Actually, HTML and CSS are quite simple in nature, so don't get too worried. They also have really good browser support these days in all latest browsers, so things are a lot better than they once were.
How does one learn, let alone teach web design and coding without feeling confused as to what mark-up and CSS version to use?
That's easy. The current standards are HTML 4.01 (or XHTML, if you prefer) and CSS 2.1. Simple as that.
CSS3 and HTML5 are mostly still on the drawing board. Browsers are starting to implement bits of them, and so you can use these bits and pieces, while realizing that older browsers don't support them or providing fallbacks of some sort. But really, you can do so much with CSS2 and HTML4 that all this concern over support for coming technologies is not a valid source of concern.
I end up utterly dumbfounded as to what the future holds and where to focus developing my skills and knowledge.
The future holds HTML5 and CSS3, but it will be a good many years before browsers fully support them. And before that happens, they need to be officially released. Play with them and learn about them, but the reliable tools for current use are CSS2 and HTML4, and these are well supported by all browsers.
When will HTML5 be fully implemented?
I believe it will be released officially in 2014, and will be "fully implemented" officially some time in the 2020s.
Why does IE have so many web standards and compatibility issues?
Because Microsoft fell asleep at the wheel 10 years ago and has never recovered from that. Their browser release policies still suck, and unfortunately we are stuck with that. Just urge people to switch to Chrome, and hopefully M$ will go out of business one day.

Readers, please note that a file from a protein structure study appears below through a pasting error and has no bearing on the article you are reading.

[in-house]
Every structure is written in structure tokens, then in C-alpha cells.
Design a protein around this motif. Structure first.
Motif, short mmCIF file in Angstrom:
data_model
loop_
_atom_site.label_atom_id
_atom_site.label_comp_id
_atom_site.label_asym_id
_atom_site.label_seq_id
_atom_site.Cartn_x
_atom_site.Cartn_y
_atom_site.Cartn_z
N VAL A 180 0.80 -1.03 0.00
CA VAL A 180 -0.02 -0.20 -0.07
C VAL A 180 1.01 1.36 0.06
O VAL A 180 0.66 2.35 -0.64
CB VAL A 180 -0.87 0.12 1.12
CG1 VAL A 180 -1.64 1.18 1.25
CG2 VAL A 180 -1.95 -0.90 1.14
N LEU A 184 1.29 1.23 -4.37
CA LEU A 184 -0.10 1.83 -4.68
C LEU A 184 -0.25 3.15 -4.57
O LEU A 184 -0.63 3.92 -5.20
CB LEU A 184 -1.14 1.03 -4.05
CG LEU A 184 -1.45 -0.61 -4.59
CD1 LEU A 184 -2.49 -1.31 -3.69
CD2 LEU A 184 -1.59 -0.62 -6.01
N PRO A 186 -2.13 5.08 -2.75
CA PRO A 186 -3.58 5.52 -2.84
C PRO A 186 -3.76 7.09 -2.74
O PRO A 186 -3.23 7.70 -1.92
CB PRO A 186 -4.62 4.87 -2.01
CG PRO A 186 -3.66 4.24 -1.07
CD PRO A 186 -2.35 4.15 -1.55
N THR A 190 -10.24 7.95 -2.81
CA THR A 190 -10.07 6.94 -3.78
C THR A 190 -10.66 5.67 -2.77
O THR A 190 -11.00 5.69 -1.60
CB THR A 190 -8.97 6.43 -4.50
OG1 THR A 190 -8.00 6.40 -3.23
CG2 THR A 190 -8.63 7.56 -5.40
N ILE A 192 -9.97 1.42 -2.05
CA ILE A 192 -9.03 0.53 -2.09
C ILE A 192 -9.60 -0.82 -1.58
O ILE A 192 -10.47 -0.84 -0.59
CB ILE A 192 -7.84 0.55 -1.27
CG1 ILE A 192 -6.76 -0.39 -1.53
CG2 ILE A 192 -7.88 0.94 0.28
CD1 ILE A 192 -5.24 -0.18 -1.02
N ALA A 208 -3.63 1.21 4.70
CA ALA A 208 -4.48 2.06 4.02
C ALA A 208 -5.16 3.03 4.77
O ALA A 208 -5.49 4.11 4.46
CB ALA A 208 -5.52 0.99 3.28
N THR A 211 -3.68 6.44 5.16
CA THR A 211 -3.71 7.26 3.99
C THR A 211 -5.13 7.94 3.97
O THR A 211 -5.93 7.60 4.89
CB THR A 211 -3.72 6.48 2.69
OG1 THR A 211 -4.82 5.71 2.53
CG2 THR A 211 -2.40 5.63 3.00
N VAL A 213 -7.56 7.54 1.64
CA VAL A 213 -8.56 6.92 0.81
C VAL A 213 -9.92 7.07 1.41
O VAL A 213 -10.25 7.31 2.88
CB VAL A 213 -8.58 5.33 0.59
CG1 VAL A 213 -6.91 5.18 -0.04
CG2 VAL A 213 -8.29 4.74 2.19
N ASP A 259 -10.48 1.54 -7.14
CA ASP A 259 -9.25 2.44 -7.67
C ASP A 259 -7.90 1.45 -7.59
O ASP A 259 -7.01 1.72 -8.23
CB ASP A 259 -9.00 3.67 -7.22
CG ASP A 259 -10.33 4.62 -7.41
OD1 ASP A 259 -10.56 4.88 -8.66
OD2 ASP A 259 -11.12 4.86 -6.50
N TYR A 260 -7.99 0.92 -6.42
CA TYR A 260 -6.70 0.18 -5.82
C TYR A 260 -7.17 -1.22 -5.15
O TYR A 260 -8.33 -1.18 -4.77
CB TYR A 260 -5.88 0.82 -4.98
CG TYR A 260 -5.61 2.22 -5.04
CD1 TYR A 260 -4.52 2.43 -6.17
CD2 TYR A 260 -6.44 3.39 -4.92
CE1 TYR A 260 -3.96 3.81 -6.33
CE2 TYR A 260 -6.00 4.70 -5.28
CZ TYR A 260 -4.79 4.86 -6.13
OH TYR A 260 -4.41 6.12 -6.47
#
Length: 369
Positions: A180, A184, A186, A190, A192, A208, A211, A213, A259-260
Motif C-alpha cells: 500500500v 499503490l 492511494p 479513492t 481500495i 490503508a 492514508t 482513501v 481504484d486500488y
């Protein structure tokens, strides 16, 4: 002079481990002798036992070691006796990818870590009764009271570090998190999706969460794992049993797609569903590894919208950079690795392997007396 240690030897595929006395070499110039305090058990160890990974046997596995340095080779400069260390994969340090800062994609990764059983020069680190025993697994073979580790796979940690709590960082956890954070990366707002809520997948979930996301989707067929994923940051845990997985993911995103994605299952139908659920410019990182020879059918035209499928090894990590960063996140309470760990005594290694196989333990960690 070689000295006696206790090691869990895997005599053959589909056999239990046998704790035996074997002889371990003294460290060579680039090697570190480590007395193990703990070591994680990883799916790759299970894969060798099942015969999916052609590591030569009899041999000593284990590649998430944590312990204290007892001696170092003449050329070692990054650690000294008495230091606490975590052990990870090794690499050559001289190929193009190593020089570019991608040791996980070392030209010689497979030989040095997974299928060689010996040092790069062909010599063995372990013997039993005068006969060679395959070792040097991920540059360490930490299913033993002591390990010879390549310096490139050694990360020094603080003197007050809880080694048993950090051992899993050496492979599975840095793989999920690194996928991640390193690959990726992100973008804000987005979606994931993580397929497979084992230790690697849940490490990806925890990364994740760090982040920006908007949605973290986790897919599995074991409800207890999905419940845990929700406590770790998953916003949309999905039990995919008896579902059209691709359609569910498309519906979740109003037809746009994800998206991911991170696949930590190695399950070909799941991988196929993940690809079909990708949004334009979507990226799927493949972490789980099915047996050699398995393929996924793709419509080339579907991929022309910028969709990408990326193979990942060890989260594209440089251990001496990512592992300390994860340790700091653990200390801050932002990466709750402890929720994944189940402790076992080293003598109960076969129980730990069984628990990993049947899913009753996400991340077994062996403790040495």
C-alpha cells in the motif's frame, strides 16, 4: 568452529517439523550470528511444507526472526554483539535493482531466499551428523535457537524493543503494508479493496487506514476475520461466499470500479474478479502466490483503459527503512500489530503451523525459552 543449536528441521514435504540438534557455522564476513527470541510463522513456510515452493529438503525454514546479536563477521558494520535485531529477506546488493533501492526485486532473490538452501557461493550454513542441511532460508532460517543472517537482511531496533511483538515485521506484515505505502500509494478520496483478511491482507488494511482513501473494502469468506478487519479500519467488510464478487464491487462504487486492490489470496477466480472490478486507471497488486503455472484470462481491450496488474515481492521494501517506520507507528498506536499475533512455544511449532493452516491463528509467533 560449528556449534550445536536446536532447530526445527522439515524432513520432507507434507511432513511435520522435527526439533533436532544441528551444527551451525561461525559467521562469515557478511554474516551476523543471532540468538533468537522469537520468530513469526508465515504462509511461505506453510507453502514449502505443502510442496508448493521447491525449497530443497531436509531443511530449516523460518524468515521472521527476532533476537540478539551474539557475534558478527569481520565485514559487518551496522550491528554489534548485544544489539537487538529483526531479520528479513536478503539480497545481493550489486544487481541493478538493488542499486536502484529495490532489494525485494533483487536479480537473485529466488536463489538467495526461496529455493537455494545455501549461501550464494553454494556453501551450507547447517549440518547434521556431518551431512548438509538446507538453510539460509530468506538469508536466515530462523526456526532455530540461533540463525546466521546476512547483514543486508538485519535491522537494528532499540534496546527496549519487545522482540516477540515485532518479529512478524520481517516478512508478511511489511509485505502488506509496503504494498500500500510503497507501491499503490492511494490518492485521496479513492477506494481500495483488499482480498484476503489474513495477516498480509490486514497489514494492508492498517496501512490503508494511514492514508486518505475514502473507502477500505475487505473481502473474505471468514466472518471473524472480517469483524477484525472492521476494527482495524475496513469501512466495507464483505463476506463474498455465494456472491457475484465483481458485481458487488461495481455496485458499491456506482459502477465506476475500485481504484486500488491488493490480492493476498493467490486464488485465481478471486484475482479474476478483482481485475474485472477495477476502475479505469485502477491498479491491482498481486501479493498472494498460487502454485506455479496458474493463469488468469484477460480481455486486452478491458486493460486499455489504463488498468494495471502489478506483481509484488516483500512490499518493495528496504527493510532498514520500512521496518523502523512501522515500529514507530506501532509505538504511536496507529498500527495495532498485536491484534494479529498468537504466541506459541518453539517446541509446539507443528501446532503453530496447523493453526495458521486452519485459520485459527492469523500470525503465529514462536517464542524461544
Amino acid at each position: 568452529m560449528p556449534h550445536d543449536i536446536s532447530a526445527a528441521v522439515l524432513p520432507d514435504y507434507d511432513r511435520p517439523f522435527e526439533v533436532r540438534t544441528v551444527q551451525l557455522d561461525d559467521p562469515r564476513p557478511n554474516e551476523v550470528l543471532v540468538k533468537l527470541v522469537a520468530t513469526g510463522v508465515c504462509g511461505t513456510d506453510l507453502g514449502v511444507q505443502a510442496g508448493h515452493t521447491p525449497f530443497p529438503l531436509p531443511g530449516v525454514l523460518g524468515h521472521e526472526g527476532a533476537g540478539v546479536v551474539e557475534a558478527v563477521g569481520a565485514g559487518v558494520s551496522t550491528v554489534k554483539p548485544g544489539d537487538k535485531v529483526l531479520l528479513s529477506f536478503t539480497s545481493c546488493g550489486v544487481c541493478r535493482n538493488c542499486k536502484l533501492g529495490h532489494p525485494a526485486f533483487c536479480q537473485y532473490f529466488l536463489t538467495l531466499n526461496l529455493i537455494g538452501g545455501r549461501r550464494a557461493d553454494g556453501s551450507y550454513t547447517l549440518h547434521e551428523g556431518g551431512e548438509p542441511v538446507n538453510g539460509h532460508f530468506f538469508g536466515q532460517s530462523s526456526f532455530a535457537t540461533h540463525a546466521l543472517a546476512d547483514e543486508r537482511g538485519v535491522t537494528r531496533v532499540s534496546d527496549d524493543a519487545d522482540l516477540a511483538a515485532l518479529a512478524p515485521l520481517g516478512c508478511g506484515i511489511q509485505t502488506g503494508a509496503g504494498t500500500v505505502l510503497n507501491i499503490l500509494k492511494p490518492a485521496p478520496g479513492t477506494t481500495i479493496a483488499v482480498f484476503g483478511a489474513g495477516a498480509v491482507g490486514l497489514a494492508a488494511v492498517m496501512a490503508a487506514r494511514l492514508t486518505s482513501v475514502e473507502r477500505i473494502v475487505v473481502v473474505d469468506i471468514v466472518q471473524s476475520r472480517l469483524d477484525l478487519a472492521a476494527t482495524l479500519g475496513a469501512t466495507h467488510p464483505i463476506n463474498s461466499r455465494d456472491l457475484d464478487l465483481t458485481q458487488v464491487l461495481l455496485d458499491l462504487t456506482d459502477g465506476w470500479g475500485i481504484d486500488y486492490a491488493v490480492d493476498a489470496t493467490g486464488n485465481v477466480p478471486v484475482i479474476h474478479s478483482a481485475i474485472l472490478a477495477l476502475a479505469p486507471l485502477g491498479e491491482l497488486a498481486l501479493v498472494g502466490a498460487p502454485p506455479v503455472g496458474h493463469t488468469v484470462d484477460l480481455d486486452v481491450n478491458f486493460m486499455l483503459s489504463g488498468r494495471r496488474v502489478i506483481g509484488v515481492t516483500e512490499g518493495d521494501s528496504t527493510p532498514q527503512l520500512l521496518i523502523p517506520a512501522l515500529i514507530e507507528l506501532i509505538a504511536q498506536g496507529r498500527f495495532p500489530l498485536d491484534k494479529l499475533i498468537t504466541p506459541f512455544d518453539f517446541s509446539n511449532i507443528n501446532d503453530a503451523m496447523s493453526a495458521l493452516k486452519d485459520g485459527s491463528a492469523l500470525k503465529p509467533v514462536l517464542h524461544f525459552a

Is responsive web design really the way to go for all web sites?
No, not at all. Some sites—especially large ones—are better off with a separate mobile site. And responsive design is just a neat "new thing" that people are enjoying right now. Whether it will last or not is not yet known. Some mobile users prefer to see the desktop site on their browser. At least on the iPhone, it is easy to double tap a region to zoom in and out. So, while responsive design is kind of cool right now and a buzzword, it's not necessary at all. Don't be bullied into using it if you don't want to. I find it fun, but on some sites I don't bother, as it isn't stricty needed.
What about device detection and using separate mobile sites – when should these be used?
Mainly on really big sites like news sites.
I do believe however that web standards and web browsers are making things unnecessarily convoluted and complicated for web designers / developers. Surely things can be consolidated and simplified?
I don't think that's really true. If you learn basic, good practices with HTML and CSS, you can be pretty confident that all modern browsers will render them nicely. The problems usually occur when people don't know how to code properly or try to get way too fancy and push their designs beyond the current limits of HTML and CSS.
zubanoid — 2012-09-16T02:02:29-04:00 — #3
Thanks Ralph! You just clarified quite a lot for me. I guess I'm getting ahead of myself with some of these issues.
I am trying to basically predict or learn certain techniques and best practice that will be in place in about 2 years so that I'm not studying something now that will be somewhat irrelevant in the future... I guess because i'm focusing on HTML5 and CSS3 I'm probably not going to get anywhere until it's close to implementation.